3: internal -> appfuse-basic-struts (AppFuse archetype for creating a web application with Hibernate, Spring and Struts 2)
4: internal -> appfuse-basic-tapestry (AppFuse archetype for creating a web application with Hibernate, Spring and Tapestry 4)
5: internal -> appfuse-core (AppFuse archetype for creating a jar application with Hibernate and Spring and XFire)
6: internal -> appfuse-modular-jsf (AppFuse archetype for creating a modular application with Hibernate, Spring and JSF)
7: internal -> appfuse-modular-spring (AppFuse archetype for creating a modular application with Hibernate, Spring and Spring MVC)
8: internal -> appfuse-modular-struts (AppFuse archetype for creating a modular application with Hibernate, Spring and Struts 2)
9: internal -> appfuse-modular-tapestry (AppFuse archetype for creating a modular application with Hibernate, Spring and Tapestry 4)
10: internal -> maven-archetype-j2ee-simple (A simple J2EE Java application)
11: internal -> maven-archetype-marmalade-mojo (A Maven plugin development project using marmalade)
12: internal -> maven-archetype-mojo (A Maven Java plugin development project)
13: internal -> maven-archetype-portlet (A simple portlet application)
14: internal -> maven-archetype-profiles ()
15: internal -> maven-archetype-quickstart ()
16: internal -> maven-archetype-site-simple (A simple site generation project)
17: internal -> maven-archetype-site (A more complex site project)
18: internal -> maven-archetype-webapp (A simple Java web application)
19: internal -> jini-service-archetype (Archetype for Jini service project creation)
20: internal -> softeu-archetype-seam (JSF+Facelets+Seam Archetype)
21: internal -> softeu-archetype-seam-simple (JSF+Facelets+Seam (no persistence) Archetype)
22: internal -> softeu-archetype-jsf (JSF+Facelets Archetype)
23: internal -> jpa-maven-archetype (JPA application)
24: internal -> spring-osgi-bundle-archetype (Spring-OSGi archetype)
25: internal -> confluence-plugin-archetype (Atlassian Confluence plugin archetype)
26: internal -> jira-plugin-archetype (Atlassian JIRA plugin archetype)
27: internal -> maven-archetype-har (Hibernate Archive)
28: internal -> maven-archetype-sar (JBoss Service Archive)
29: internal -> wicket-archetype-quickstart (A simple Apache Wicket project)
30: internal -> scala-archetype-simple (A simple scala project)
31: internal -> lift-archetype-blank (A blank/empty liftweb project)
32: internal -> lift-archetype-basic (The basic (liftweb) project)
33: internal -> cocoon-22-archetype-block-plain ([http://cocoon.apache.org/2.2/maven-plugins/])
34: internal -> cocoon-22-archetype-block ([http://cocoon.apache.org/2.2/maven-plugins/])
35: internal -> cocoon-22-archetype-webapp ([http://cocoon.apache.org/2.2/maven-plugins/])
36: internal -> myfaces-archetype-helloworld (A simple archetype using MyFaces)
37: internal -> myfaces-archetype-helloworld-facelets (A simple archetype using MyFaces and facelets)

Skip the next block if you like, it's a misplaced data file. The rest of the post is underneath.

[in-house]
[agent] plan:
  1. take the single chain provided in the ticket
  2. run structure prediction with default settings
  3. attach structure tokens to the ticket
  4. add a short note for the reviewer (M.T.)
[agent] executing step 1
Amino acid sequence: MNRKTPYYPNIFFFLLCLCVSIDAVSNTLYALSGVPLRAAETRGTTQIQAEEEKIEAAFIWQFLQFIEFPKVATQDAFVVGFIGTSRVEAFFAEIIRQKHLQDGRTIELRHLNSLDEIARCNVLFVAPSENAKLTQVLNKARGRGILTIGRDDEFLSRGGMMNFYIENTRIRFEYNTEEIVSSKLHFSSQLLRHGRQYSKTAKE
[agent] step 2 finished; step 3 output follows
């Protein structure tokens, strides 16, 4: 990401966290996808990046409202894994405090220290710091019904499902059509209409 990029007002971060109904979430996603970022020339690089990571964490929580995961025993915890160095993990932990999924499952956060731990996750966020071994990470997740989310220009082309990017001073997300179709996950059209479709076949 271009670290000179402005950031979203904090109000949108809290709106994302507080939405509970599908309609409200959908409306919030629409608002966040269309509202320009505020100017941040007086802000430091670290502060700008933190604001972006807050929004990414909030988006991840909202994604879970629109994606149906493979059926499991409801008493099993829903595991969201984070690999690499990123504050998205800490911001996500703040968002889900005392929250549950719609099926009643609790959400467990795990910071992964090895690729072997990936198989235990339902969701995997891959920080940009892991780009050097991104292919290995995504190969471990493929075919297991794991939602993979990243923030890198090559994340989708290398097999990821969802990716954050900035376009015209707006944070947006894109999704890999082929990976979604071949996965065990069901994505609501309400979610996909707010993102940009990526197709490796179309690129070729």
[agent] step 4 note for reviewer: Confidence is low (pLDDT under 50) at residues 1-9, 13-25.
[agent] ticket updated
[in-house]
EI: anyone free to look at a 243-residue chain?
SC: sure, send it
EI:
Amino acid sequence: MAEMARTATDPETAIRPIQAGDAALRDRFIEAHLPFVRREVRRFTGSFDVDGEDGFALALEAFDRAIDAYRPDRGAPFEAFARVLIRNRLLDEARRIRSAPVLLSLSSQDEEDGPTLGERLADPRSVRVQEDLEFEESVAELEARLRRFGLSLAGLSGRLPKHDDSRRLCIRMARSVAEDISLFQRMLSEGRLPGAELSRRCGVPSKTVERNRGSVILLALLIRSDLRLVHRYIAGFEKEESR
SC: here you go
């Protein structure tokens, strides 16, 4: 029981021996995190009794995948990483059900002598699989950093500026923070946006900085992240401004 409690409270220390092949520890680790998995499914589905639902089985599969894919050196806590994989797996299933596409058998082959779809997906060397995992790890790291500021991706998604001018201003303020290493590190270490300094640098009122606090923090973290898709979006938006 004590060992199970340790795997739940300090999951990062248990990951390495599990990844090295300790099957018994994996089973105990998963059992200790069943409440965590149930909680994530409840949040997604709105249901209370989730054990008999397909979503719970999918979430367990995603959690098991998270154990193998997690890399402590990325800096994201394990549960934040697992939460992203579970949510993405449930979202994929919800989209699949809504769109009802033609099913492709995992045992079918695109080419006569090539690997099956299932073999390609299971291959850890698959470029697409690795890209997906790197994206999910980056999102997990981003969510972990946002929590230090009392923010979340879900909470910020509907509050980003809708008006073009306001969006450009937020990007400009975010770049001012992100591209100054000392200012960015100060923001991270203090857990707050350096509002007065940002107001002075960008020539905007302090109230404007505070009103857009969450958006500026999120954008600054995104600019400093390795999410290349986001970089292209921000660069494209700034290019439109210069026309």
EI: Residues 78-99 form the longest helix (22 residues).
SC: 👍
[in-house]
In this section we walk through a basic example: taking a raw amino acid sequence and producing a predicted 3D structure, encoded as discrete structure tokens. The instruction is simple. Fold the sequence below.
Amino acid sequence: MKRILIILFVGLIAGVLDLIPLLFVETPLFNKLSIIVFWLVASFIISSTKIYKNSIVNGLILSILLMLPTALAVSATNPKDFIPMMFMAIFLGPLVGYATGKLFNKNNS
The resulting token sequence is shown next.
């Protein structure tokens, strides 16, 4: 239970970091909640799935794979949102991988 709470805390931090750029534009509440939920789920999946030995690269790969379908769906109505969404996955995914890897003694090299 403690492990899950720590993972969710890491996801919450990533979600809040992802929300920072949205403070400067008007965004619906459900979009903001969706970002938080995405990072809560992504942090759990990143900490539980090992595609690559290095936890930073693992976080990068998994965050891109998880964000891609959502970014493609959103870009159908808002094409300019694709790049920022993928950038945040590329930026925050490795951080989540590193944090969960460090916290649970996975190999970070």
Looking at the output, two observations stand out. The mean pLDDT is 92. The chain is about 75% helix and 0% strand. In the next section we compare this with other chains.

38: internal -> myfaces-archetype-trinidad (A simple archetype using Myfaces and Trinidad)
39: internal -> myfaces-archetype-jsfcomponents (A simple archetype for create custom JSF components using MyFaces)
40: internal -> gmaven-archetype-basic (Groovy basic archetype)
41: internal -> gmaven-archetype-mojo (Groovy mojo archetype)
Choose a number:  (1/2/3/4/5/6/7/8/9/10/11/12/13/14/15/16/17/18/19/20/21/22/23/24/25/26/27/28/29/30/31/32/33/34/35/36/37/38/39/40/41) 15: : 
We just want the default (quickstart) archetype, so just press enter.

Now you'll be asked to enter a groupId, artifactId, version and package.

The groupId is like a Java package name, usually a domain name in reverse.

For example I could use com.livejournal.slu as a groupId. The artifactId is the name of the project, you should enter maven-demo. The version default 1.0-SNAPSHOT which is ok, the package default is the same as the groupId, also ok.

You will be presented with the selected values and if you're satisfied (pressing enter) a new project will be created for you in the directory maven-demo.

Now you can build you project using
cd maven-demo
mvn compile
Also try mvn package which will create a JAR of your project (after running any unit tests).

Importing to and Integrating with Subversion

To play with the Subversion integration we need to import the project into the repository we created earlier:
cd ..
svn import maven-demo file:///tmp/svn/maven/trunk
Check out you project:
svn co file:///tmp/svn/maven/trunk maven-demo-svn
Now edit the pom.xml file. Add the following lines just after the line that reads <url>http://maven.apache.org</url>:
<scm>
  <connection>scm:svn:file:///tmp/svn/maven/tags/maven-demo-1.0</connection>
  <developerConnection>scm:svn:file:///tmp/svn/maven/tags/maven-demo-1.0</developerConnection>
</scm>

Setting up a Distribution Repository

When doing releases we need a place to store our released artefacts (in essence JAR files). Add the following lines right after the scm-section you added above: